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Article
May 1972

The Influence of NH Training Grants in Dermatology on the Growth an Development of American Dermatology

Author Affiliations

Chapel Hill, NC; Ann Arbor Mich; Chapel Hill, NC; Bethesda, Md

From the Division of Dermatology, North Carolina Memorial Hospital, Chapel Hill.

Arch Dermatol. 1972;105(5):676-680. doi:10.1001/archderm.1972.01620080006003
Abstract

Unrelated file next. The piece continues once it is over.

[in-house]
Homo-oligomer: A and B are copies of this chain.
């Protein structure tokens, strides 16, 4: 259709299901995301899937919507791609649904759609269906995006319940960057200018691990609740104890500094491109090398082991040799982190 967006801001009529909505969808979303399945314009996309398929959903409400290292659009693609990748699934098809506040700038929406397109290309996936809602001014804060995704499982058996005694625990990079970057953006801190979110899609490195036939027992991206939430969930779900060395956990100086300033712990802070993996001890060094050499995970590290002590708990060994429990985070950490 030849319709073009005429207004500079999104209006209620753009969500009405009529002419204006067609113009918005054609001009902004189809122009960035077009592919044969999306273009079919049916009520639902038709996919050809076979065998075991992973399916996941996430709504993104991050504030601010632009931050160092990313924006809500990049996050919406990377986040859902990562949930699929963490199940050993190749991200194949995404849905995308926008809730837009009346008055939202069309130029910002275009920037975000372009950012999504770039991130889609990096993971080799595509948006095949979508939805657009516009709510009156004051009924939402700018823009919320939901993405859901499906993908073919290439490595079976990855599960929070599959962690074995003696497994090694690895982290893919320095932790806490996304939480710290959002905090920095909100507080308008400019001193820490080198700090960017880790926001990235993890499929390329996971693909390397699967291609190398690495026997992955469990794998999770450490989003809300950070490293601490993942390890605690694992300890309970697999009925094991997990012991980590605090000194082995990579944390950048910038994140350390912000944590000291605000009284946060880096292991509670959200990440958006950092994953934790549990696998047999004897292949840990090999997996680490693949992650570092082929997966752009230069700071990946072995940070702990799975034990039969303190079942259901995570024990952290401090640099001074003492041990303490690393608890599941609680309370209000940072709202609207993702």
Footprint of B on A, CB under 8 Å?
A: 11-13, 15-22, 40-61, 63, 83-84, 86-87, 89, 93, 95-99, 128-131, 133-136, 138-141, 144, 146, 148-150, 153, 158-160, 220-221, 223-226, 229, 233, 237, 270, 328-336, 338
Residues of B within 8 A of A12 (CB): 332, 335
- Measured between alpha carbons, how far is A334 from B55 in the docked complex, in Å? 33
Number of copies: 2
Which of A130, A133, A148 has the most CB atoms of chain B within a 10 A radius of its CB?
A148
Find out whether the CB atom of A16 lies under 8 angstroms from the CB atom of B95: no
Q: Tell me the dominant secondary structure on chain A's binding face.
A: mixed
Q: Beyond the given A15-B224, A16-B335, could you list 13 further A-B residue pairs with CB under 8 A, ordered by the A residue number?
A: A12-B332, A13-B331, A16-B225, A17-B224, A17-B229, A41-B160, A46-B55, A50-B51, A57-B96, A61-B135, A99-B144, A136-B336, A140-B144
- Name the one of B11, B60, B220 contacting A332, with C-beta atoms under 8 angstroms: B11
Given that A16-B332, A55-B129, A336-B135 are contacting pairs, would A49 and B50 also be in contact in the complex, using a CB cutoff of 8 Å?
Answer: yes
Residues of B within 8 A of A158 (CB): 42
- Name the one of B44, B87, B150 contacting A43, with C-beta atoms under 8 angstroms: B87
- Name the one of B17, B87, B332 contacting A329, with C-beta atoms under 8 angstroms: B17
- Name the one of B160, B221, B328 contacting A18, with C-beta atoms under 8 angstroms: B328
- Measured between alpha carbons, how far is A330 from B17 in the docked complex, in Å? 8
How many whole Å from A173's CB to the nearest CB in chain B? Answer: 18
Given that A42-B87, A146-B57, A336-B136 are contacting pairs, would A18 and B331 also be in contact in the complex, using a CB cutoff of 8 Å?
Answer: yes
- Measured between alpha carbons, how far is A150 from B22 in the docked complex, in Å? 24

Training grants were designed to recruit and train academicians via the research route. One half of the 70 eligible training centers in 1970 had received training grants at some time. In 1969 through 1970 training grants provided stipends for 100 (17%) of the total 600 and 70 (37%) of the 190 final-year training positions. In 1969 through 1970 training grants provided $1,837,000 or 7½% of the budget of 81 training centers. Between 1958 and 1969 through 1970, a total of 487 trainees received postdoctoral stipends. Of these trainees, 161 (33%) are full-time teachers, 146 (30%) are part-time teachers, and 180 (37%) are full-time practitioners. Approximately 48% of today's academicians and 10% of today's practitioners have received direct stipend support. Among 12 supporting agencies, training grants were ranked as second or third in importance to American dermatology in the last ten years.

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